EQT to acquire Danish ferry operator for €1bn

The acquisition of Molslijnen is the fourth investment the Swedish firm is making through its latest infra vehicle which it’s currently raising targeting €12.5bn.

EQT is entering the passenger ferry sector for the first time, having agreed to buy 100 percent of Molslijnen, the largest passenger ferry operator in Denmark, from a group of shareholders led by Polaris, a Danish private equity firm.

The investment, which EQT is making through its fifth fund, for which it is aiming to raise €12.5 billion, is understood to be valued at around €1 billion.

“Our view is that the company provides a very essential service in Denmark,” Daniel Pérez, a partner in EQT’s infrastructure team, told Infrastructure Investor.  “In addition, it has proven to be very resilient in these past months.”

Headquartered in Aarhus, Molslinjen was established in 1963. When Polaris acquired it in 2016 for approximately DKr850 million ($138 million; €114 million), the company’s fleet comprised three high-speed ferries operating a single route, connecting Zealand, one of Denmark’s islands, with Jutland, a peninsula that borders with Germany.

Since then, the company has grown its fleet to 15 vessels, serving nine routes and eight million passengers per year.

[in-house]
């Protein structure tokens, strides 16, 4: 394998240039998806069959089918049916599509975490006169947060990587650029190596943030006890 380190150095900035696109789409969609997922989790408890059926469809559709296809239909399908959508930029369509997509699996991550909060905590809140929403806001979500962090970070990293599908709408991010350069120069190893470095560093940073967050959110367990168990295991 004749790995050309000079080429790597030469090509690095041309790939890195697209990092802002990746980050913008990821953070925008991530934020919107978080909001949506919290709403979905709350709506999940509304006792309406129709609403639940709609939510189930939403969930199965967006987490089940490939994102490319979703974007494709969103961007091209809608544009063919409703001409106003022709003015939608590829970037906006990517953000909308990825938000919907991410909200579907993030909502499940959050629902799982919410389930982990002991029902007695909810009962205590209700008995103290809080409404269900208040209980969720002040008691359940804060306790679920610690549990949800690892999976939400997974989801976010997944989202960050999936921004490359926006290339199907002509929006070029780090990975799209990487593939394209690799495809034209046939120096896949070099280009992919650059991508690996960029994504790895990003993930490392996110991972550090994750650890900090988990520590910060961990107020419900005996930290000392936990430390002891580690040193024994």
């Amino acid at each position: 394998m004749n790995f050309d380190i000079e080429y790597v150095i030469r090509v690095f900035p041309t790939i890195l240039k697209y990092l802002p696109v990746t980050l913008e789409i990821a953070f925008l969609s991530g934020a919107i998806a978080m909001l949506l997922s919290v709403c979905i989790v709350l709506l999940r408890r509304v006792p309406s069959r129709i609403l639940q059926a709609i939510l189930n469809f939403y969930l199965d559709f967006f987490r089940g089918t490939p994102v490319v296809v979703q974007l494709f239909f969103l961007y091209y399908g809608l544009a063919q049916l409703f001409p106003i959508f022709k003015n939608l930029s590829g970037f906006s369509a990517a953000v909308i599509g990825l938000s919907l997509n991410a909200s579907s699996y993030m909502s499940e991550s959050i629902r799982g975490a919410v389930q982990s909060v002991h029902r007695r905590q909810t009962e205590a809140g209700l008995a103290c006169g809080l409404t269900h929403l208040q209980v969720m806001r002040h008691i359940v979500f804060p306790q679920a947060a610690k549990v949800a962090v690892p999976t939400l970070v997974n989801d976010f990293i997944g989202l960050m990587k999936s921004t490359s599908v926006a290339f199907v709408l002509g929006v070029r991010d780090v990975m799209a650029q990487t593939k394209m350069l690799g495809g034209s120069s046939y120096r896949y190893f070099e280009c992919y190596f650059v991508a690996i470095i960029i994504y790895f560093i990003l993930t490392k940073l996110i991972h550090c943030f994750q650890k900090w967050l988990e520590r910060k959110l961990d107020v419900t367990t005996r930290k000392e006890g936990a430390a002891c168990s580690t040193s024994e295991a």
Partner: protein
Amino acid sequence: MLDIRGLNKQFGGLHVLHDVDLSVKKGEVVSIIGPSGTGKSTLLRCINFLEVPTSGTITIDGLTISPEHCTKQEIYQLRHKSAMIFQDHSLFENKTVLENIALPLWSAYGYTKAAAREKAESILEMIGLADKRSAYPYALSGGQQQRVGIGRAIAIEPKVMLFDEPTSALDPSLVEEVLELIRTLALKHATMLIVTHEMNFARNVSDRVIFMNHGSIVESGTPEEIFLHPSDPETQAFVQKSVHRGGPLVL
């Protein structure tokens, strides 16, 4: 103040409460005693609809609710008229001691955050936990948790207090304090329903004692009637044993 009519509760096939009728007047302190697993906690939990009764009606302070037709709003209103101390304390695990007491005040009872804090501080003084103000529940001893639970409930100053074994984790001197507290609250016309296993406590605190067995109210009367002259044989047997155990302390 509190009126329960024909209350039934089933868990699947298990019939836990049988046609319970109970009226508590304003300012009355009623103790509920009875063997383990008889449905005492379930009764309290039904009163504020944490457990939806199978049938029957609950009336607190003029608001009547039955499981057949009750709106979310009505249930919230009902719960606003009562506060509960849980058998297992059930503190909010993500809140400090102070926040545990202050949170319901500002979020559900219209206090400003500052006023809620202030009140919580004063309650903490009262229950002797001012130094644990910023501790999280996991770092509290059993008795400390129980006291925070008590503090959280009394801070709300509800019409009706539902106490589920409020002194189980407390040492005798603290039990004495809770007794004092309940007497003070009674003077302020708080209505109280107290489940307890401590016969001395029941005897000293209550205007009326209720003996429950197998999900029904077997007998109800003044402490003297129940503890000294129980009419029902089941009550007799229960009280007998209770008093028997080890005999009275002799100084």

EQT plans to continue this M&A strategy to grow the company and to further expand the number of routes it operates.

“There is room for expansion in Denmark, but we’ll also be looking to the other Nordic countries,” Pérez said.

He referred to the strategy EQT followed in building out a digital infrastructure platform in the Nordics with Global Connect, a fibre-based B2B and data centre provider in Denmark. The firm acquired the business through its third infrastructure fund in February 2017, which it has since merged with Norway-based Broadnet and IP-Only in Sweden.

“That gives an indication of the type of toolbox we can apply to Molslijnen, which is to build larger and more diversified groups through M&A,” Pérez said.

Green fleet

In addition to continuing a strategy of inorganic growth, EQT will also work on further decarbonizing the company’s fleet, building on the company’s achievement to date of reducing CO2 emissions per transported kilogram by more than 60 percent in the past decade.

“There’s been a material fleet modernisation programme, which we intend to continue to support,” Pérez said.

“We’ll be looking at electrifying the shorter routes and using alternative fuels for the large vessels where electrification is not realistic,” he explained. Potential alternative fuels include biogas, hydrogen and ammonia.

The objective will be to “future proof” the company and “create a long-term, sustainable business that we think will be more valuable,” Pérez said.

With this transaction, EQT Infrastructure V is expected to be 20-25 percent invested, according to a statement.

The other three investments the firm has announced to date through fund V include a co-investment alongside EQT Infrastructure IV in fibre group Deutsche Glasfaser; an investment in French nursing home operator Colisee; and a joint venture with Belgian digital services provider Proximus.